Who Is a Good Candidate for IV Dental Sedation?

Woman afraid at the dentist

IV sedation is most commonly used in oral surgeries and long procedures, as it can help to lessen high levels of anxiety and phobias associated with the dental office. Additionally, people who have an overactive gag reflex, TMJ dysfunction (TMD), or other neuromuscular issues that could make it more difficult to keep their mouth open for a long period of time can often benefit from IV sedation as well. Before your treatment, we will take the time to discuss your anxiety levels, health history, and any medications that you’re taking to determine if IV sedation is the best solution for you.

The Benefits of IV Dental Sedation

Woman relaxed in the dental chair

IV sedation offers numerous benefits. Here are some of the most prominent ones that you can expect:

  • The effects set in very quickly because of the method of administration.
  • Patients can receive essential dental treatment despite dental anxiety.
  • The dental team controls the flow of medication, so the patient experiences a constant state of relaxation.
  • IV sedation prevents additional stress-related memories that can make seeking future dental treatment challenging for those with dental phobia.

General Anesthesia

General anesthesia enables a patient to sleep throughout their procedure and wake up with no memory of it afterward. It can be tremendously helpful for those with extreme anxiety or patients who need to undergo extensive or multiple procedures. The type of general anesthesia we utilize is much lighter compared to what is used during major surgery, so it is safer and also makes it easier for a patient to wake up afterward while experiencing only mild drowsiness.

General anesthesia administration mask

Sedation Dentistry FAQs

If you have dental anxiety, a sensitive gag reflex, or another difficulty when it comes to receiving dental care, sedation dentistry could be the solution that you’ve been looking for! However, it pays to be well-informed, so we’re here to help! Here are the answers to some of the most common questions we receive about sedation dentistry. If you don’t see the information that you’re looking for below, don’t hesitate to give us a call to learn more!

Is sedation dentistry safe?

For the majority of patients, sedation is a perfectly safe option. Before deciding whether or not we will administer sedation, we will look over your medical history and current medications to ensure that there won’t be any negative interactions. While you’re being sedated, we will closely monitor your vitals at all times to ensure that you are safe.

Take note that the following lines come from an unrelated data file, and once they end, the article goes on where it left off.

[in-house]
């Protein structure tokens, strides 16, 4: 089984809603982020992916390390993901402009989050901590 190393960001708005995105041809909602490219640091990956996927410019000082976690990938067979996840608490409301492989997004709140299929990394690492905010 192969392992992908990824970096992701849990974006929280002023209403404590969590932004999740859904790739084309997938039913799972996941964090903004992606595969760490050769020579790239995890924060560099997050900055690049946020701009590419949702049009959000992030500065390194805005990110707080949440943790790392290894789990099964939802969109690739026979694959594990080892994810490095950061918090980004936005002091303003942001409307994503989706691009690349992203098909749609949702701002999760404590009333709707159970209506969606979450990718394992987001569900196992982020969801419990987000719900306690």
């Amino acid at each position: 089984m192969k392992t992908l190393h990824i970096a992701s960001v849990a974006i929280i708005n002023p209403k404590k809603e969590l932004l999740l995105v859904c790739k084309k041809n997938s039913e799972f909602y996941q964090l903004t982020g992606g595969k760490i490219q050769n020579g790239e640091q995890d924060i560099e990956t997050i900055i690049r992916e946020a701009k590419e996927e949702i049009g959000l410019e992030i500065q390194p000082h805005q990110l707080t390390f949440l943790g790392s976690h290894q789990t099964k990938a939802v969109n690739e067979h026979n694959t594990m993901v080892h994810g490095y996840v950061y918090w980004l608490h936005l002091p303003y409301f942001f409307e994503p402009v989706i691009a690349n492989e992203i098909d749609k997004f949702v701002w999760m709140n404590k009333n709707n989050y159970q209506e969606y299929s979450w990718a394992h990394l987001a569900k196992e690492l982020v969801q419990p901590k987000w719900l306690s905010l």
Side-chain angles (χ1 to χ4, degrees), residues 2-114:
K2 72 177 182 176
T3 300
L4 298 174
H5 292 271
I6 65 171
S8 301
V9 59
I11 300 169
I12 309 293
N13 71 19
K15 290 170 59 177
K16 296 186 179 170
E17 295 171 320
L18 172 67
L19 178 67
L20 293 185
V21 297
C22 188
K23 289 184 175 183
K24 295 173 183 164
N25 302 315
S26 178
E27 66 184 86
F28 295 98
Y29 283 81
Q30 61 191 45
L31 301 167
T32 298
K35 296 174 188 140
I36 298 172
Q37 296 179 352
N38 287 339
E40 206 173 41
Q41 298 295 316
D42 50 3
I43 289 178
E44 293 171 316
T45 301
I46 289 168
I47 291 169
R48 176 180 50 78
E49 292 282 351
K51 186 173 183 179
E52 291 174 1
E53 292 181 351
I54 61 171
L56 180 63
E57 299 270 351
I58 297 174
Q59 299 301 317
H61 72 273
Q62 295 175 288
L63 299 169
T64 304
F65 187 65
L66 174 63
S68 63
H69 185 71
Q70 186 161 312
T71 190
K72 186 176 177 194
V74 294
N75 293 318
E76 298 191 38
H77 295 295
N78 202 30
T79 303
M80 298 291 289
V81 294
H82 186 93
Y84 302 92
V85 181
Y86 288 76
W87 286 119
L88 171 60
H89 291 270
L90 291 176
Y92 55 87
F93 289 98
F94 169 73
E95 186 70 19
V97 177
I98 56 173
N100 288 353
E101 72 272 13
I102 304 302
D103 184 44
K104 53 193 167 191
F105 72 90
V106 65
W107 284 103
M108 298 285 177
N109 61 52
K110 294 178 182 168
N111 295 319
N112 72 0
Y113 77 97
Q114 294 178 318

What does it feel like to be sedated at the dentist?

This depends on the type of sedation that you are receiving. Nitrous oxide makes you feel relaxed, light, and euphoric. Some patients experience a slight tingling sensation in their arms and legs. You may even get the giggles – this is where nitrous oxide gets the nickname “laughing gas.” IV sedation gives you a very deep sense of relaxation. You may even dose off. However, you will still be able to answer questions and follow basic instructions from the dental team. If you are receiving general anesthesia, you will be comfortably asleep throughout the duration of your treatment.

How long does dental sedation last?

This varies depending on the sedation type. Nitrous oxide should wear off within 5 minutes once you stop inhaling the gas. You should even feel good enough to drive yourself home afterward with no lingering drowsiness. With IV sedation and general anesthesia, much of the sedative’s effect will wear off soon after your procedure. However, you may feel groggy for several hours afterward, so you should arrange for a friend or family member to drive you home.

Does dental sedation make you tell secrets?

Contrary to popular belief, dental sedation isn’t actually a “truth serum.” It is very unlikely that you will reveal a deep, dark secret while sedated. Even if you do say something you wouldn’t normally say while under sedation, it will always be kept within the walls of the dental treatment room.

Relaxed woman at the dental office